On the property side of things often countries like to clamp down on investors owning perhaps their second or third investment property. In Australia we are starting to see a debate around those that live in an expensive PPOR but with very limited cash flow. The PPOR does not restrict the pension entitlement yet but perhaps eventually a certain price level of the PPOR will be deemed as very wealthy. Maybe one day there will be extra costs for property investors with a certain number or wealth tied up in their property investing strategy.
How to beat Labor’s franking proposal
If you are in the fortunate category of being very wealthy, it seems logical to spread out strategies and avoid being hit by any crackdown that becomes the flavour of the day for politicians. This way maybe you can keep a bit under these levels that are deemed as very wealthy and easy targets. Strangely though today’s news about franking changes seem to be a grab from the middle class rather than the top end. Just highlights the unpredictability!
In terms of stock selection maybe don’t have an extreme bias on dividends versus capital growth one way or the other. Can we honestly say what will happen with franking and CGT in a few years?
As I write about LICs on this blog a lot I guess I shall provide with a few comments on this aspect. I certainly don’t advise knee jerk reactions to news flow like we have just seen. But if you haven’t given much thought at all to the above it may be timely to have a good think about all the issues.
Are you overexposed to the likes of AFIC, ARGO, WAM funds?
Let’s say all your wealth is in the LICs that are very popular with investors seeking the current high fully franked dividends. If so, then this whole topic might be worth more thought. Such a portfolio could be well diversified across large/mid/small cap and various sectors, even international, but could become less attractive to future investors pending certain potential legislation changes.
The LIC sector has had a good few years now and the taxation landscape and ability for LICs to smooth out fully franked dividends have played a role.
The LICs I currently own don’t seem to be all that popular with investors who want to rely on franked income for all their retirement income, so I am not all that fussed. I write about activism and sometimes capturing the discount arbitrage a lot as well so that is another reason I am not that bothered. I also have some REIT exposure and stocks with unfranked income.
When I have mentioned Australian residential property on this blog I haven’t sounded very optimistic. I do still though own one property and a significant factor to holding it is for some diversification from political decisions. I got tired of all the biases that politicians seemed to have when addressing (or rather lacking to address) housing affordability issues in the past!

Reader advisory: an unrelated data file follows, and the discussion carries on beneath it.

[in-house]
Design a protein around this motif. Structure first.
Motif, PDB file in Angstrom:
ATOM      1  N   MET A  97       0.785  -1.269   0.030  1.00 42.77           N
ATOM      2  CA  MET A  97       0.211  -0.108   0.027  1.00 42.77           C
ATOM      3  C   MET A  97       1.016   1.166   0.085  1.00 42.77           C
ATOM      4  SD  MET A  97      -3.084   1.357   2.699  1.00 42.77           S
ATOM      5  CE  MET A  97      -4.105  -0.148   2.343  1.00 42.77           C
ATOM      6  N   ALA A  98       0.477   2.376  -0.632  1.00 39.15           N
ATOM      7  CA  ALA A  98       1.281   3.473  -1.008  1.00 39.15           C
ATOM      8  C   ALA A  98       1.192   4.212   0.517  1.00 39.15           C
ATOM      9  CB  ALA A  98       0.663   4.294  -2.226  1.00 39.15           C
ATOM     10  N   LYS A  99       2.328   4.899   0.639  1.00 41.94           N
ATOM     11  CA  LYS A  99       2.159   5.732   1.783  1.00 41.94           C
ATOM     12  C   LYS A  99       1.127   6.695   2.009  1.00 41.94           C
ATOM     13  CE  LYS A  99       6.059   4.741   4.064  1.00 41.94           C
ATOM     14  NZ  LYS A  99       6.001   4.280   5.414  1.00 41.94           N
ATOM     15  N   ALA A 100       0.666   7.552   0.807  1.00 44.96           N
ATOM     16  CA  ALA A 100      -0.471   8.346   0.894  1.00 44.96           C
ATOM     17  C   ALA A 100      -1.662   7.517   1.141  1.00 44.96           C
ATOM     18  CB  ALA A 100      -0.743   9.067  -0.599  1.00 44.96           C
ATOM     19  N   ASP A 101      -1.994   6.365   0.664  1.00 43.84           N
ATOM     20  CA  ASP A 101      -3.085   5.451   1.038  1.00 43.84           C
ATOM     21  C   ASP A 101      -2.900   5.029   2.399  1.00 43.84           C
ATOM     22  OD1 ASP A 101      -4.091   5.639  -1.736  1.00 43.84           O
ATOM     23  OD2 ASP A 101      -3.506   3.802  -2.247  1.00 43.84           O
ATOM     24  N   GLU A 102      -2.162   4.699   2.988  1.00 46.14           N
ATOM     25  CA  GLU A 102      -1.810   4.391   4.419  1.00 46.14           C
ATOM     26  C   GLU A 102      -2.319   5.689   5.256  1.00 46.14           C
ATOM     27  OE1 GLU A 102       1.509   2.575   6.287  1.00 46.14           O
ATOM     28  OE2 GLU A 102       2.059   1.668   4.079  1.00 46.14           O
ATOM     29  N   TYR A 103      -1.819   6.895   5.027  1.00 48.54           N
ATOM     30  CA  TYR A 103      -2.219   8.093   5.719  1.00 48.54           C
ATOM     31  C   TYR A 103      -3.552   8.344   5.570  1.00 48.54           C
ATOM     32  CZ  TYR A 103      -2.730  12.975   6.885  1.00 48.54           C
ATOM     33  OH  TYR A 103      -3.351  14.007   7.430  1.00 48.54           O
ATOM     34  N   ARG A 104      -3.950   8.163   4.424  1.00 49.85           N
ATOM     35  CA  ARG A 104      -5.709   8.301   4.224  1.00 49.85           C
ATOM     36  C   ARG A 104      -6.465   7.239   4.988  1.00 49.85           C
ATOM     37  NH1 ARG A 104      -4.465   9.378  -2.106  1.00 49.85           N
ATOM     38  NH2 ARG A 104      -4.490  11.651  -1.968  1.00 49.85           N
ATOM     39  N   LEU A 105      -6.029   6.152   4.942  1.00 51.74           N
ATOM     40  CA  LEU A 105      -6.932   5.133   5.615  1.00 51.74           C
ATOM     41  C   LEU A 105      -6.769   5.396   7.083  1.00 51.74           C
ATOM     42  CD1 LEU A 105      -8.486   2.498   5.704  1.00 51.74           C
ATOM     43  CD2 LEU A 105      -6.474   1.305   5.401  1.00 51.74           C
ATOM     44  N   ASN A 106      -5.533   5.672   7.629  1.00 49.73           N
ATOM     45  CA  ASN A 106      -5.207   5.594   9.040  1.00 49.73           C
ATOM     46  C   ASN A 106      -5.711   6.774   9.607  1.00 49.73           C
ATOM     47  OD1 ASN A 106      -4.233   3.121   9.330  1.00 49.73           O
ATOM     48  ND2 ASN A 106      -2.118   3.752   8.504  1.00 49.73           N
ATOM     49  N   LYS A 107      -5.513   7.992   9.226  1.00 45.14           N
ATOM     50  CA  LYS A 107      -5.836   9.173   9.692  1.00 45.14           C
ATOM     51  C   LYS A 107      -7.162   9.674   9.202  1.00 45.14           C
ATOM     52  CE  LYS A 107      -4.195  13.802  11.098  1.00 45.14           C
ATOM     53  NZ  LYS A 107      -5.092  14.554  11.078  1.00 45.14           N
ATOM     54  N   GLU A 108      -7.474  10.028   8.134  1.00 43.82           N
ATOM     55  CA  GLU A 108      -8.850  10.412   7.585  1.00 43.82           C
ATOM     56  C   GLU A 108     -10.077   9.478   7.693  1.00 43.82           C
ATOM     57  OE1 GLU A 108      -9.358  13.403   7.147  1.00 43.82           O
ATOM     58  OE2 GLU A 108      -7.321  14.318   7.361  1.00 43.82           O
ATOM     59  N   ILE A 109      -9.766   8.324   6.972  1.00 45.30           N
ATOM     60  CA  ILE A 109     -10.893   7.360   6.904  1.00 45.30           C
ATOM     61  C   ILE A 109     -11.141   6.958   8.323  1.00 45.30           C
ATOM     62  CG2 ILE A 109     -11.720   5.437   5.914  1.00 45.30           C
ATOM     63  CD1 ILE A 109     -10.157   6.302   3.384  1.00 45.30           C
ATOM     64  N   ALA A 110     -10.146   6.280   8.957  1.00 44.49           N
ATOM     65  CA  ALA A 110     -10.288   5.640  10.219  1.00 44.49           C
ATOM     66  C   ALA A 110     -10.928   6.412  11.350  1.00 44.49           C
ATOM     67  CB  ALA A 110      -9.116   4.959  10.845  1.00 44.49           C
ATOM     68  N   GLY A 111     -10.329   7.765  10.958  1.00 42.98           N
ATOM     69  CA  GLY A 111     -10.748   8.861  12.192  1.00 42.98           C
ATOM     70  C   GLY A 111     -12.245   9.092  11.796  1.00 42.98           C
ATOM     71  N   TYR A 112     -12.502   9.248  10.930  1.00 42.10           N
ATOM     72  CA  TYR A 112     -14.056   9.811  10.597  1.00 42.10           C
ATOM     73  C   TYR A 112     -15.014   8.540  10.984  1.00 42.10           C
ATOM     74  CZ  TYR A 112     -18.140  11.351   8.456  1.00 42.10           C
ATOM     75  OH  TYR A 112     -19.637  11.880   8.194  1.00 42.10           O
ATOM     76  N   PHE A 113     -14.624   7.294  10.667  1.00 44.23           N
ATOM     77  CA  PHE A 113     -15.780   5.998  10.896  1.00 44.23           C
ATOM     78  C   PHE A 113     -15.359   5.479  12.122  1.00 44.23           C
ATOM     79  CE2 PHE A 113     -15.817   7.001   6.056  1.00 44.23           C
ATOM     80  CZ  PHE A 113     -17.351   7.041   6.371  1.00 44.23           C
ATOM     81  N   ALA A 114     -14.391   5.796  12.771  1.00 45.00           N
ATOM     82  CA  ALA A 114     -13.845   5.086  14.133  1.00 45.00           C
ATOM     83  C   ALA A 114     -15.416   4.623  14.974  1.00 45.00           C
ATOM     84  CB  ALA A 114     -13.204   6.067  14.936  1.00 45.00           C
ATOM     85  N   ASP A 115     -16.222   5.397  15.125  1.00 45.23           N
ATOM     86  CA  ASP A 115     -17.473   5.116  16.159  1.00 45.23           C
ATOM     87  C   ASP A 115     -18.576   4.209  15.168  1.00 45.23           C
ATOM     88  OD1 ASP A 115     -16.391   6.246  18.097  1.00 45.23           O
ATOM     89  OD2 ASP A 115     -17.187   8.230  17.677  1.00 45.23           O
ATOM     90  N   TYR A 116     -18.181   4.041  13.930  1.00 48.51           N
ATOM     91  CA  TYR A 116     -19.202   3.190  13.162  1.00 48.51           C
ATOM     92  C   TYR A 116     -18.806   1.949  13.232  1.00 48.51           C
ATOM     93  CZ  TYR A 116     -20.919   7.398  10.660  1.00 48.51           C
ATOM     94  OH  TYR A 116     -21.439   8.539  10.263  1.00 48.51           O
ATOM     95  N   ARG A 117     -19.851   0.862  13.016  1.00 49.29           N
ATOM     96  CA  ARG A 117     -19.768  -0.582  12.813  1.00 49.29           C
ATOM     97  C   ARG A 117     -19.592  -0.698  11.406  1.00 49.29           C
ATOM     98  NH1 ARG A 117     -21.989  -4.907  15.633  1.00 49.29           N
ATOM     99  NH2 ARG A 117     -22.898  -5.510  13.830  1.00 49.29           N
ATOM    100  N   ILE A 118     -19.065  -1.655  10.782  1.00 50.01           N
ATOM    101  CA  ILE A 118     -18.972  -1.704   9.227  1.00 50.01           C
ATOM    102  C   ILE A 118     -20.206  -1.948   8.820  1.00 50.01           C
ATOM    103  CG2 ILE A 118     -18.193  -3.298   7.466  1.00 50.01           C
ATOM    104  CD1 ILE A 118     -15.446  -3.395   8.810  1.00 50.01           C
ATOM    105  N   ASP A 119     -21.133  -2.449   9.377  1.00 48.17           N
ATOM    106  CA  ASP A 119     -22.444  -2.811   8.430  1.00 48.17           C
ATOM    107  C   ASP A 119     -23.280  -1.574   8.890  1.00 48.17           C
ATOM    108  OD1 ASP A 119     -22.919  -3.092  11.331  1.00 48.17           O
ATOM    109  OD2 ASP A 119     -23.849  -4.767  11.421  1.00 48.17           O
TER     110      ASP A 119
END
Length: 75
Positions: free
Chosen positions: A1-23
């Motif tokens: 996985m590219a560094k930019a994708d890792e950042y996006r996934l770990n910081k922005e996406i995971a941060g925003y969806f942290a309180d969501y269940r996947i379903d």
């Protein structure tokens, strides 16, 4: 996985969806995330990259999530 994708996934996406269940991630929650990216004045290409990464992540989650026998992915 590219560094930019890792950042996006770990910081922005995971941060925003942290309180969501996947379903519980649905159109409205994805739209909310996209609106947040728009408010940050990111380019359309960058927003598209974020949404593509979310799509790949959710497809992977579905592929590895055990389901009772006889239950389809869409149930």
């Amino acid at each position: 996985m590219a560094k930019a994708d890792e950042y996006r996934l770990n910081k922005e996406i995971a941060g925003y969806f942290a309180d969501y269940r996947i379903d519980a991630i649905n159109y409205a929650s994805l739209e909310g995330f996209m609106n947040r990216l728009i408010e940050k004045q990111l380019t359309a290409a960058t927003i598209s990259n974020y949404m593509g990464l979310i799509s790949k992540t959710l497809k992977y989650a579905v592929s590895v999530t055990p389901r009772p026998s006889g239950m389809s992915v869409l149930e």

Maybe the best coping mechanism to all of this is the following? When you think you have uncovered a tax strategy to enjoy, perhaps just expect the government to close it one day.
EDIT March 17th
Warning these additional comments as an edit are long and more a blog post within a blog post!
Interesting if others here have a view on this story. Relates a bit to what I wrote about in the post.
The couple in the article emphasise the diversification they are undertaking via various different property types. It’s not my personal idea about what diversification means.
They are still keeping a significant amount of debt. Arguably a little exposed if politicians focus more on those using property to grow their wealth.
Now despite the heavy transaction costs with selling a lot of these properties, they could become debt free and lock in plenty of wealth. Maybe not as much as may seem at first glance. The values may be optimistic, CGT and selling costs to pay. Still a few million in net wealth at their age would sound great to most.
If they can structure it with maybe a million in super, same with one property they like as a main residence, then a couple of million in a balanced portfolio outside of super.. Future governments may not consider them wealthy targets. The super balance isn’t extreme, likewise the value of their residence or property exposure. They also wouldn’t be overly relying on franking or the generous tax treatment in super.
Could things really go pear shaped from there?
But this suggestion doesn’t give them the chance of getting as rich from then on compared with the leveraged exposure they have right now.
It also won’t get them articles on news.com.au
But what if property markets fell by 20%? Ok many feel this is impossible I get that. But if it did happen the alternative strategy I wrote about above wouldn’t cause them worry. Their current strategy would! Or if rental vacancies increased.
They can also then worry less about the government cracking down on those with huge amounts of property exposure.
Back to the saying I have used before. We are all geniuses in a bull market. If they value their freedom and flexibility now, perhaps some humility with their investment prowess can increase the chances of them hanging on to all the wealth.
Not a criticism because with investing the facts are they are far more successful than me. Just a discussion of how I look at things compared with others.
The residence they purchased is probably way more than using one million as I suggested. That may be what they need to be happy in life, therefore my plan may not be ideal.